Maybe just the sport?

    https://www.pitt.edu/~dash/grimm002.html

    1. Glad to see you made it to the party, McD, but the recurring resemblances to Grimm’s Fairy Tales during the last four years have reduced their entertainment value for me. However, your undeviating undertaking of uplifting endeavors continues to inspire. You are indeed the Santa Claus I can believe in.

      May I return your wishes for “peace and good health” as well as all other quality of life enhancements that are likely to unite us rather than divide us when divine ideals are misinterpreted by mere mortals.

      The fact that our friendship continues off-board as well is a tribute to the environment JP has nurtured that enables like minds to recognize and reach out to one another.

      I also appreciate our host’s willingness to give non-journalists a voice here in op-ed pieces when one feels strongly enough about an issue. I hope we’ll see impassioned contributions from more members of the HRI faithful in 2021.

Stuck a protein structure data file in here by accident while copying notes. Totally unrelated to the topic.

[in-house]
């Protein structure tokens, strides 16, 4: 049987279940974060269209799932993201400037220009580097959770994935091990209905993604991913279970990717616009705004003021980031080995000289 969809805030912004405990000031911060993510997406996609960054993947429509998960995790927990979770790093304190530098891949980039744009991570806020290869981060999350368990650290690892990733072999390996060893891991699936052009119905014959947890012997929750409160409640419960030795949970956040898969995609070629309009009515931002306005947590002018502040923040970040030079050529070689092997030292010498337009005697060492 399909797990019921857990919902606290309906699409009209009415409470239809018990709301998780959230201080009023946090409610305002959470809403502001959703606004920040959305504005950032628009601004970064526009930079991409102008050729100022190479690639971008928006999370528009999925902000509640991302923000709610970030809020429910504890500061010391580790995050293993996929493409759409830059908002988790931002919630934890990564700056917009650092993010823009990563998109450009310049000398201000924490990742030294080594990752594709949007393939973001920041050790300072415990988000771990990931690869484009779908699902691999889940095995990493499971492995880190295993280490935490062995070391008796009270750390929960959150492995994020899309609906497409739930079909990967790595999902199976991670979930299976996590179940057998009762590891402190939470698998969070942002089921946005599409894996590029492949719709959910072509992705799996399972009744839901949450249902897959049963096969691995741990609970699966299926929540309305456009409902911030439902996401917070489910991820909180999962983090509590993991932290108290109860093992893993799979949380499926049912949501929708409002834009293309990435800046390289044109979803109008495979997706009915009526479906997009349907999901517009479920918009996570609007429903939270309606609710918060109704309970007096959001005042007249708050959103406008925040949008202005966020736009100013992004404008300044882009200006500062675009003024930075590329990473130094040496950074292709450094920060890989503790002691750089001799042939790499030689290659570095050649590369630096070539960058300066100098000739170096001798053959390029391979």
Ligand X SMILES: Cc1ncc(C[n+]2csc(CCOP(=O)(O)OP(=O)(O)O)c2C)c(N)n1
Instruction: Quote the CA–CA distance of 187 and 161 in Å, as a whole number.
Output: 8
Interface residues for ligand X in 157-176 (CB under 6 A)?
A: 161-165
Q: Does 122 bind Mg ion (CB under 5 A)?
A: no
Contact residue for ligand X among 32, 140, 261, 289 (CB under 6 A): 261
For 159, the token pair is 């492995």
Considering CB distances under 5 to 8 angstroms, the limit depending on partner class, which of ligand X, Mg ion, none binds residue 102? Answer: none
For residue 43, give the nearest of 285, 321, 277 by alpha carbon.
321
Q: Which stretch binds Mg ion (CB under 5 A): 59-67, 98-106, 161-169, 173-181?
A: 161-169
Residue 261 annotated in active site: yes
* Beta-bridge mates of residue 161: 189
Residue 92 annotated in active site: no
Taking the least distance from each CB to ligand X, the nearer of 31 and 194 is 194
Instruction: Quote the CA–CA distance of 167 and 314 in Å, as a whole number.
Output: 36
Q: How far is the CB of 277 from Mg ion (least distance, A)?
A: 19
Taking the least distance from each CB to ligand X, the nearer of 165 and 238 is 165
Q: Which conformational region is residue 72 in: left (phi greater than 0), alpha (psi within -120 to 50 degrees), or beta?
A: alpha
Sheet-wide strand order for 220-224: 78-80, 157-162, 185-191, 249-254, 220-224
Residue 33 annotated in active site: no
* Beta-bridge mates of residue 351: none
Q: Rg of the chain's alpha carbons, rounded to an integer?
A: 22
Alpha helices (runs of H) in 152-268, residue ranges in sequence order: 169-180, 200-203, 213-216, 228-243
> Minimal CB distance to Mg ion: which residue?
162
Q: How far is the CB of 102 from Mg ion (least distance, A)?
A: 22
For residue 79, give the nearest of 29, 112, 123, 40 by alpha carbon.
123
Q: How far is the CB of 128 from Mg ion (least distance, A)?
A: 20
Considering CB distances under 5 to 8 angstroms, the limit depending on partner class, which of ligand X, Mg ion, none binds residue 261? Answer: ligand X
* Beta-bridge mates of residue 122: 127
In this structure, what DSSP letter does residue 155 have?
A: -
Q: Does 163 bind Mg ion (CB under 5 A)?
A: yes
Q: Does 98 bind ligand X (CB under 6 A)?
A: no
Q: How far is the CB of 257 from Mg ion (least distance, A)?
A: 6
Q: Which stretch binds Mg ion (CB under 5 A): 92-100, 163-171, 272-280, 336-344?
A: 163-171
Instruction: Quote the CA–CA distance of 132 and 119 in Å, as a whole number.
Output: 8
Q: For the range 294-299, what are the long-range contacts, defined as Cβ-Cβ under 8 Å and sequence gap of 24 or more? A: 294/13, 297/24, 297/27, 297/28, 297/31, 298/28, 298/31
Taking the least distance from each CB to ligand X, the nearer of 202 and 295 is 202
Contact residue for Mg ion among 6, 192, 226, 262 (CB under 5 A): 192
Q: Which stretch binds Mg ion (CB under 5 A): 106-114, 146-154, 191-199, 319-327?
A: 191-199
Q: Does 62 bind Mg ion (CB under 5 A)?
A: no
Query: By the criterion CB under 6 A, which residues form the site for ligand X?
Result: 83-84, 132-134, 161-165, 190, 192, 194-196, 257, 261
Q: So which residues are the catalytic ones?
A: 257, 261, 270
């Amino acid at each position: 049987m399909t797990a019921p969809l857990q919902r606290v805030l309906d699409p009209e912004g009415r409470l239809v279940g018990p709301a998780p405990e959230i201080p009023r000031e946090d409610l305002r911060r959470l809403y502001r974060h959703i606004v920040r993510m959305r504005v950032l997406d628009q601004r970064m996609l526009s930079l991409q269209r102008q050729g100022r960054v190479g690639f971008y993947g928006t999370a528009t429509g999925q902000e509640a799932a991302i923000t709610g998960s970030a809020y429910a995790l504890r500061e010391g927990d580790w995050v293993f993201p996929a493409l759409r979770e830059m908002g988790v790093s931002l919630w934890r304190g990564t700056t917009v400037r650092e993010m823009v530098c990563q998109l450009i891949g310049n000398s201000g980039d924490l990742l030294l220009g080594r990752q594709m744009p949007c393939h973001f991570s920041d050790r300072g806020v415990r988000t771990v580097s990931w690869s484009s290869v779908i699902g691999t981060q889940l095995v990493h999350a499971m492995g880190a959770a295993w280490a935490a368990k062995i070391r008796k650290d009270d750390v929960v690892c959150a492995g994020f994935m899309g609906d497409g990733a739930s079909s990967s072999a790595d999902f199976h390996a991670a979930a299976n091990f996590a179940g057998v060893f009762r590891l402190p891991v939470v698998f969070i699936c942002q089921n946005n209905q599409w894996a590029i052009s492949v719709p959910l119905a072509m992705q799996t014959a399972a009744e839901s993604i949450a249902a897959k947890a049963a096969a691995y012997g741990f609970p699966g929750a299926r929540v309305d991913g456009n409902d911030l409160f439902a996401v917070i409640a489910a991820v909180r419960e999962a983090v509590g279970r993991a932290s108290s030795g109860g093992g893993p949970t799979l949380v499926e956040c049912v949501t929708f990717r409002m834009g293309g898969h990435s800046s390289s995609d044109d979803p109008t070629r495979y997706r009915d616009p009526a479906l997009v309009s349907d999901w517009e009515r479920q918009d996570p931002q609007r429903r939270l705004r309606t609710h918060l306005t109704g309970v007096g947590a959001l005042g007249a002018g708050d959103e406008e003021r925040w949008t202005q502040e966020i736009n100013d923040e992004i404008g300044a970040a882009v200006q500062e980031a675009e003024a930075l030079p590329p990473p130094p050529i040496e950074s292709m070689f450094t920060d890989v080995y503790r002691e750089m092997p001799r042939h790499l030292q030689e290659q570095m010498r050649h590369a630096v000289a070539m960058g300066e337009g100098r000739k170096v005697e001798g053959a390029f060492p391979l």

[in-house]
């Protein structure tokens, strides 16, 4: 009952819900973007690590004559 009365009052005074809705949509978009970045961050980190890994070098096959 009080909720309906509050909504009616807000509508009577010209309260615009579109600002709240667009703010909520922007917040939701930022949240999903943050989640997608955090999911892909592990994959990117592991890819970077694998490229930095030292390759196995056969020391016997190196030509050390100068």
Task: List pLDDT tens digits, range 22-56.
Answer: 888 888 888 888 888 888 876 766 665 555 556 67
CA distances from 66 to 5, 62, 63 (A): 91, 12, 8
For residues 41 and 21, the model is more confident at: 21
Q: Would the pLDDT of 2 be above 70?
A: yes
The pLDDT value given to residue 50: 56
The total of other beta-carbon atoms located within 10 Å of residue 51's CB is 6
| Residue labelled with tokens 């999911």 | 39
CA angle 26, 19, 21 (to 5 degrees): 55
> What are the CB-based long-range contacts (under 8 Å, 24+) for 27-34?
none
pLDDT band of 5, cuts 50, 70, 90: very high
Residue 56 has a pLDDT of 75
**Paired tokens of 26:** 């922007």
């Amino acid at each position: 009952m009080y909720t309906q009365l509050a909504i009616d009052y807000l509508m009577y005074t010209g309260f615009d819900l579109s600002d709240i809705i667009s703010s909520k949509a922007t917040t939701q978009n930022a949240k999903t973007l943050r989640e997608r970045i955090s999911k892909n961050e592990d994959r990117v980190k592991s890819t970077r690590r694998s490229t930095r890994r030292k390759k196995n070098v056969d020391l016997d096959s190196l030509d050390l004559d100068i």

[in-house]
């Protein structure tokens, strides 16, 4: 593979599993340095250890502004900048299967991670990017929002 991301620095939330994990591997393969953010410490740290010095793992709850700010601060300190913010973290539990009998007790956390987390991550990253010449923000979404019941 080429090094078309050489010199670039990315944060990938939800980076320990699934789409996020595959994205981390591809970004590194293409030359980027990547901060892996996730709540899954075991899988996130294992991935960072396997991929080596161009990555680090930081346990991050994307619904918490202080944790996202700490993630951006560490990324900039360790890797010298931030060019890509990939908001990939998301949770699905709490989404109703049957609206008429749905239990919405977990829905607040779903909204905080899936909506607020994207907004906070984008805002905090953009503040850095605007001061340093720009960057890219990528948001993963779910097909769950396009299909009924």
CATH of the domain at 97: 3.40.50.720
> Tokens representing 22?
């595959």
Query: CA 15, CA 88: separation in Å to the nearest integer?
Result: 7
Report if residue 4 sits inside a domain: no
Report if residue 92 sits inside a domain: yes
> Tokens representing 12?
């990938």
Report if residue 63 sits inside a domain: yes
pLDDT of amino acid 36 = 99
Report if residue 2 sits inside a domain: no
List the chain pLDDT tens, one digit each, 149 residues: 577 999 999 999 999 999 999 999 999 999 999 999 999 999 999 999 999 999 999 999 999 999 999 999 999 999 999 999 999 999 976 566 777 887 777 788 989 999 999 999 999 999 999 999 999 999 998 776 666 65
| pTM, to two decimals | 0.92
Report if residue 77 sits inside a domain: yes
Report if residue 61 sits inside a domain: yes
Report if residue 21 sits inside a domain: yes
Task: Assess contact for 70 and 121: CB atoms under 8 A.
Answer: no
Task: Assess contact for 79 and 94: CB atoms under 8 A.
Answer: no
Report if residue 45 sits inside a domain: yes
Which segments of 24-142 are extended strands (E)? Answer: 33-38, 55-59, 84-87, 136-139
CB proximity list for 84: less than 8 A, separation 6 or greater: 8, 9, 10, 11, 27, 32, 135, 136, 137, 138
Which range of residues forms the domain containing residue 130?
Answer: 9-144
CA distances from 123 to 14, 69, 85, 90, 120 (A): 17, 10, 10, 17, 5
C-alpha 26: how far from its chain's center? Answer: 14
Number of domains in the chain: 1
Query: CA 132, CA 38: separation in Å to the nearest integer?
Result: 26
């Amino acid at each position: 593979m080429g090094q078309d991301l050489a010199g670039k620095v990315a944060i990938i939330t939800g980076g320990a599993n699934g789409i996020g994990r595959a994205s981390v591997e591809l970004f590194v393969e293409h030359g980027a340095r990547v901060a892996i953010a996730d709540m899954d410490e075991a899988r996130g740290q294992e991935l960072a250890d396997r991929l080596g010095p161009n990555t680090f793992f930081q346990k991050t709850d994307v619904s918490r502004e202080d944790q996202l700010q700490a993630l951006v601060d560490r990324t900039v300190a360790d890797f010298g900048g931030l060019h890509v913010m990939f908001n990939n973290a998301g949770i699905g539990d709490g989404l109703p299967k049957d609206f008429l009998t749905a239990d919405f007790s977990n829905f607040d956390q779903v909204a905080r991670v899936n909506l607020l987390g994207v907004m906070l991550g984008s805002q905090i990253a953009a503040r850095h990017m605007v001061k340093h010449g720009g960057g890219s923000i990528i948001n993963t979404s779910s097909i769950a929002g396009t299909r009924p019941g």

Sadly, grinches with grudges also seem to gravitate here during the holidays to growl about their grievances. Speaking of fairy tales, perhaps Dumpy and Trumpy should be added to Snow White’s entourage. LOL

  7. In the spirit of Christmas now past, I passively ponder and think it best to proceed promptly past the preceding “paid to do so” verse. Life is too short Indy. Places to go, people to see, and too many other things to do. I’ll start off on my to do list today by saying Hello and Merry Christmas to my long distance good friend from California.

    Fortunately for us Indy, cyber space converts the time zone separations to instant time. A “Merriment” whatever holiday “festivous” you may celebrate Indulto, even if you are not celebrating at all, I simply extend to you my wish for Peace and Good Health in the coming year.